Let's stop for a moment. What is the value of political will in determining infrastructure priorities? In our term-limited world, representatives will undoubtedly make a number of their decisions based on what issues their constituents are immediately clamoring about. And as you say infrastructure doesn't have an advocacy group. How are you able to prioritize these long-term infrastructure matters without a "Friends of"support group?
We've taken our message to the neighborhoods and used public meetings to educate residents about infrastructure needs and funding. By going to them, accessing Neighborhood Councils, etc. we have elevated the discussion. People are now finally beginning to understand the link between tree trimming, street lighting, street paving and infrastructure investment.
You talk about educating the citizenry, but how do you get your point across to decision-makers? How can you convince them of infrastructure's worth when a public works crisis arises?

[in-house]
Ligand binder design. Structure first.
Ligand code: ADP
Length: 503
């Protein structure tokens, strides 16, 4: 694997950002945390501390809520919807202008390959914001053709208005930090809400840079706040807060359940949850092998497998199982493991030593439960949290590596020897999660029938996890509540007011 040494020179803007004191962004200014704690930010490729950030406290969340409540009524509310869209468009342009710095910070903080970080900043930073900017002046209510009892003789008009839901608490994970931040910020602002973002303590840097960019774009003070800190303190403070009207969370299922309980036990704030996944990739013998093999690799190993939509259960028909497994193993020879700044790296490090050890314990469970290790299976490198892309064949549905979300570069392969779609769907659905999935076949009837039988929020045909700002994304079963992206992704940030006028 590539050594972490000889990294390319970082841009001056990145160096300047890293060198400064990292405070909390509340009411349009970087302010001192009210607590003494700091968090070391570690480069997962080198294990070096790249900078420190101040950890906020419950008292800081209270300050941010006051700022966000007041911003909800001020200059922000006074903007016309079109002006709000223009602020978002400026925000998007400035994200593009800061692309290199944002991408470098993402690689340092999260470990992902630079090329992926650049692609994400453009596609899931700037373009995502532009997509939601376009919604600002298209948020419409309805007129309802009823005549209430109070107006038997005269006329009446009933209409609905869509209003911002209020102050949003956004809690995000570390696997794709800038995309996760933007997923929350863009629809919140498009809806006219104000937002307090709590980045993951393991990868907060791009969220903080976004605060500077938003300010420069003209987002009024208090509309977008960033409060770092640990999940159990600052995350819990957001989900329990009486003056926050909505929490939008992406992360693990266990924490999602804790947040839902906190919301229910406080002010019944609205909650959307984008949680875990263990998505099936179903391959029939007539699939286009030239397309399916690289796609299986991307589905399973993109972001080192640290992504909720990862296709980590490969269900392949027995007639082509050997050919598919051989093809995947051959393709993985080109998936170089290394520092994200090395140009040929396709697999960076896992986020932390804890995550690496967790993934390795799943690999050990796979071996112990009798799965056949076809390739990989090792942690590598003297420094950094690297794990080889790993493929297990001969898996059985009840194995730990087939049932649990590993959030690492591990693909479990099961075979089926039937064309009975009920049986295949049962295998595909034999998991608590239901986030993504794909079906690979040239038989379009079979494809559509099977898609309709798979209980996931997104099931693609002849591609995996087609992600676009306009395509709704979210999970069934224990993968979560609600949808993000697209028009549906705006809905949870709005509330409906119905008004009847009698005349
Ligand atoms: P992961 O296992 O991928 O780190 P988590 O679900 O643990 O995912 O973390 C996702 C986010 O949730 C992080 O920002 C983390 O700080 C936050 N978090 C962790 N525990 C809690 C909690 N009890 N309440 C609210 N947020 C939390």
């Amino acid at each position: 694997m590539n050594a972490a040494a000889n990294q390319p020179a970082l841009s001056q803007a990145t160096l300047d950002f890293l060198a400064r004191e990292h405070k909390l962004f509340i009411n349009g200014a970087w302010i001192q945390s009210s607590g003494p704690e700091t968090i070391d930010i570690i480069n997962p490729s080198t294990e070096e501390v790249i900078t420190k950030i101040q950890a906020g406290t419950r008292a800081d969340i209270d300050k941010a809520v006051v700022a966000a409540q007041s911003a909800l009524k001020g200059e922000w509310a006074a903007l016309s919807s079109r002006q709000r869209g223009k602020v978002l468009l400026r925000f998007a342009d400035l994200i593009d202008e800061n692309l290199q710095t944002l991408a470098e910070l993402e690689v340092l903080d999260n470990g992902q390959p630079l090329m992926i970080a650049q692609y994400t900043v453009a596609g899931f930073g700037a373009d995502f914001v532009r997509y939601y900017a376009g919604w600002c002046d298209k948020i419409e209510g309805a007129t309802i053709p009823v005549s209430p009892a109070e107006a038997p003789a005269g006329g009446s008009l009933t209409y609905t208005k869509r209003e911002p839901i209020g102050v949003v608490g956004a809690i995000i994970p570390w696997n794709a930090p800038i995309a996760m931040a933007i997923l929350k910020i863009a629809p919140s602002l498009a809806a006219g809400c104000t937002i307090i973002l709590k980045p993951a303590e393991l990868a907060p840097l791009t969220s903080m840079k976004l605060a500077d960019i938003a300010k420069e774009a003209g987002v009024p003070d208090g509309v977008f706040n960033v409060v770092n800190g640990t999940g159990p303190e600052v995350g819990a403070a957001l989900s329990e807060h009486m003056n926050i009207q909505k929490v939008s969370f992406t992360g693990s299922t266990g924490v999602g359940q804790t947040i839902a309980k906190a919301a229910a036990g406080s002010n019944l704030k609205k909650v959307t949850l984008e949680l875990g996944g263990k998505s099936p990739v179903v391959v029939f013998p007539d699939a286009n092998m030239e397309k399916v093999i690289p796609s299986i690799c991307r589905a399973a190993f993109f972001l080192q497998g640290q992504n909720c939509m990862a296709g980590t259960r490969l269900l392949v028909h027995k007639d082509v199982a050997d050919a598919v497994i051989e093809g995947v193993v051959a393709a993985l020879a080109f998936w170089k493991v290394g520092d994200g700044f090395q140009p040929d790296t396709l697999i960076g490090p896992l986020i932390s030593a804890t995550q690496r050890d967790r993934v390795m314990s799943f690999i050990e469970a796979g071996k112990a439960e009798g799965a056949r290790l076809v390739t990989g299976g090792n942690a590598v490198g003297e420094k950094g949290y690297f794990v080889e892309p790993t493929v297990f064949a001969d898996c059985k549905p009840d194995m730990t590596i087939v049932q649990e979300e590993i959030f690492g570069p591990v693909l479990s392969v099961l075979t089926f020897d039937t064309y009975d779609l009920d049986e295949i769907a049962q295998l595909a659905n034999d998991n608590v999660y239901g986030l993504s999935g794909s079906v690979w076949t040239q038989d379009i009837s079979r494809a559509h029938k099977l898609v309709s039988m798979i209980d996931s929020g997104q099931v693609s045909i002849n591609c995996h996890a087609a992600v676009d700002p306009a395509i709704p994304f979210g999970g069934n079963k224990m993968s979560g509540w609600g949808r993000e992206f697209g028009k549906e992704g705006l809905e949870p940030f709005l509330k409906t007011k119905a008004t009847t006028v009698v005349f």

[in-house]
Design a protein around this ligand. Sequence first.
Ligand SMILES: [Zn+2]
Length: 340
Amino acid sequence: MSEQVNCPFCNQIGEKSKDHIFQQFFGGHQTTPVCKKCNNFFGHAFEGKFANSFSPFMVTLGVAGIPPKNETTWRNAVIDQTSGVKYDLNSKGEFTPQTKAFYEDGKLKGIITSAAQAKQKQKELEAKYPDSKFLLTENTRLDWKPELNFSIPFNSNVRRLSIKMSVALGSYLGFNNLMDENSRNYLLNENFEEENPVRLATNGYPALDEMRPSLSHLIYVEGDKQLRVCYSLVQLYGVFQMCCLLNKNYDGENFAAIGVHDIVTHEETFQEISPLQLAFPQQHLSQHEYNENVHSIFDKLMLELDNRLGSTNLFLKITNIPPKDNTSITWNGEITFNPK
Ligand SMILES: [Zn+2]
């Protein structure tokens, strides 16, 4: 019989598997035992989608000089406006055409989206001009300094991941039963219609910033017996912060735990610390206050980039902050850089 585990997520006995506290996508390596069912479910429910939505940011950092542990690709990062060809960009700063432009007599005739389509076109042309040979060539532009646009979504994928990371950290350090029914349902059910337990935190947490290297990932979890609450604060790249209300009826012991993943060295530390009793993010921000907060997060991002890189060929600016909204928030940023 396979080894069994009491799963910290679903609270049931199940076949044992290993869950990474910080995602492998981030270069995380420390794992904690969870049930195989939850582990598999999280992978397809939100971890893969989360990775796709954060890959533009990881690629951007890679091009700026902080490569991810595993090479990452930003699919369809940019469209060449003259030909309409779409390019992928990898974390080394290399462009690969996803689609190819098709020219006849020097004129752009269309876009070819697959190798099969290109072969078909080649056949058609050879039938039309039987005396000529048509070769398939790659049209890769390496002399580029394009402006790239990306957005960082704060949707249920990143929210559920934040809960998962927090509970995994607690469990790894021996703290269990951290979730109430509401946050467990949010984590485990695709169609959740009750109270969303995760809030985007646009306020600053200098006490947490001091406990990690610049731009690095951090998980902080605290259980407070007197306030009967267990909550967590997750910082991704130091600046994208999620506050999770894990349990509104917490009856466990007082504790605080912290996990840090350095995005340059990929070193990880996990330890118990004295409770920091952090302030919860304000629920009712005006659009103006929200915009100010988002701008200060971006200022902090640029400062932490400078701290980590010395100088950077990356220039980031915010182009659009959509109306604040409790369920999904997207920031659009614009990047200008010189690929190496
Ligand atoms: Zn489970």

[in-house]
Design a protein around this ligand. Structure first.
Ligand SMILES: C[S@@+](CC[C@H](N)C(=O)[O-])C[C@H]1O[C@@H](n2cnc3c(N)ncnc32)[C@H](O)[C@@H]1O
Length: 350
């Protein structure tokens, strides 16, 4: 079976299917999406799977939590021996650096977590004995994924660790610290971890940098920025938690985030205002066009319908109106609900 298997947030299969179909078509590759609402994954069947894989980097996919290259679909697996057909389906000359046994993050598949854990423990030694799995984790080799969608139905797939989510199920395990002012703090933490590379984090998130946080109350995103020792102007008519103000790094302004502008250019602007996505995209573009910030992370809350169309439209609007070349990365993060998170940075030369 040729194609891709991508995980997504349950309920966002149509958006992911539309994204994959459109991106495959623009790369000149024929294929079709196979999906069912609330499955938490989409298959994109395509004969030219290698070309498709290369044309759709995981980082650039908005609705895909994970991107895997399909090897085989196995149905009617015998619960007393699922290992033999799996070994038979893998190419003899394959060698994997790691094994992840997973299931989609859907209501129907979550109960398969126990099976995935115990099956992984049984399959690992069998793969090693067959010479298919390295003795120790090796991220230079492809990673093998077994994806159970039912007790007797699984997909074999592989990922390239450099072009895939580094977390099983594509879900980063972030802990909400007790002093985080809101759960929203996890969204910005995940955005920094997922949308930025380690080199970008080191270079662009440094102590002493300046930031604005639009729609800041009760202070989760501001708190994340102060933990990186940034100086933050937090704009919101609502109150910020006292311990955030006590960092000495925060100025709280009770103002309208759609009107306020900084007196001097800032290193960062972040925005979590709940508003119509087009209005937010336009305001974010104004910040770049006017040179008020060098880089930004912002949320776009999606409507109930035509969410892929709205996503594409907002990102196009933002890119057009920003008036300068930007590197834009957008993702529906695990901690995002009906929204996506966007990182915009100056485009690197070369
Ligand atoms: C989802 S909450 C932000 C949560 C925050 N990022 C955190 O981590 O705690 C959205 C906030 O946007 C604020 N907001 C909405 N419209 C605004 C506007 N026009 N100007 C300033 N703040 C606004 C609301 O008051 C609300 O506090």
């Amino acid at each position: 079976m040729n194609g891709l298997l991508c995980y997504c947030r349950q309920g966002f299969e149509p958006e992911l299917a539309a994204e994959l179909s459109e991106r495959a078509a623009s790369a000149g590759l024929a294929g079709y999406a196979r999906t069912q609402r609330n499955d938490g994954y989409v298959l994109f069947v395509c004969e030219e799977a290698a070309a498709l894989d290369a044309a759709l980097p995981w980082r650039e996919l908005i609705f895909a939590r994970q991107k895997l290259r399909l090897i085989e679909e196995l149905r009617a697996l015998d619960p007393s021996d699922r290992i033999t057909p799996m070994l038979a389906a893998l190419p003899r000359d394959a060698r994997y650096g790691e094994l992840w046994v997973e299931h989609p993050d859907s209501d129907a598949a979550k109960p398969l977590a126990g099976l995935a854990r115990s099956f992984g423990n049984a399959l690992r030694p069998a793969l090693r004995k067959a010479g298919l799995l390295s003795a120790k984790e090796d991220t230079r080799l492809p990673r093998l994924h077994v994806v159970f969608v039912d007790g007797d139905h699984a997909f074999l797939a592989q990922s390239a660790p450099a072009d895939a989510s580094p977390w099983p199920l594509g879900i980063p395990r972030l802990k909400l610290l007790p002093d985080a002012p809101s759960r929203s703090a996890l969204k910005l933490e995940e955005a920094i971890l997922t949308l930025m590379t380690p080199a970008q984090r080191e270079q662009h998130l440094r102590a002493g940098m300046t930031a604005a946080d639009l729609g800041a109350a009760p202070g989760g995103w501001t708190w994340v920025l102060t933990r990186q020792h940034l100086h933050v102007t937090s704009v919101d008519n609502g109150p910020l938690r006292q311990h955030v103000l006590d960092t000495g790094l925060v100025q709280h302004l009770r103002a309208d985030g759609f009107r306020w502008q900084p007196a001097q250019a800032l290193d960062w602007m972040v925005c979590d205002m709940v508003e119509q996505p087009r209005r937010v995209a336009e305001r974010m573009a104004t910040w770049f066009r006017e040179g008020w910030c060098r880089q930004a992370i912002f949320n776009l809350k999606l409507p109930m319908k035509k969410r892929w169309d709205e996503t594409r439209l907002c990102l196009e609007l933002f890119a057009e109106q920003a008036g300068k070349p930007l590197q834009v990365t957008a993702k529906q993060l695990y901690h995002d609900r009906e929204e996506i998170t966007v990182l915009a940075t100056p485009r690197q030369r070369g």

Let me use an example from the City of Berkeley. For many years Berkeley devoted an enormous amount of funding to social resources. They had a very liberal Council for decades and because of that, infrastructure fell apart. However, when that happened the citizens rose up, complained about the streets and sidewalks and elected a more conservative board. That Council shifted resources toward streets and sidewalks. And when they were fixed, Berkeley went back and elected a liberal Council again. That's the nature of politics. When conditions become intolerable, the public votes for the money to fix it.
Right now L.A. streets score a 70 out of 100 on the city streets condition score. And while on a case by case basis that might be close to a point where people would begin to protest, on a systemwide level that condition is not intolerable. So we are not yet at a crisis point at which the public is yelling for its elected official to invest in infrastructure.
Are you saying that it is impossible to plan proactively for infrastructure?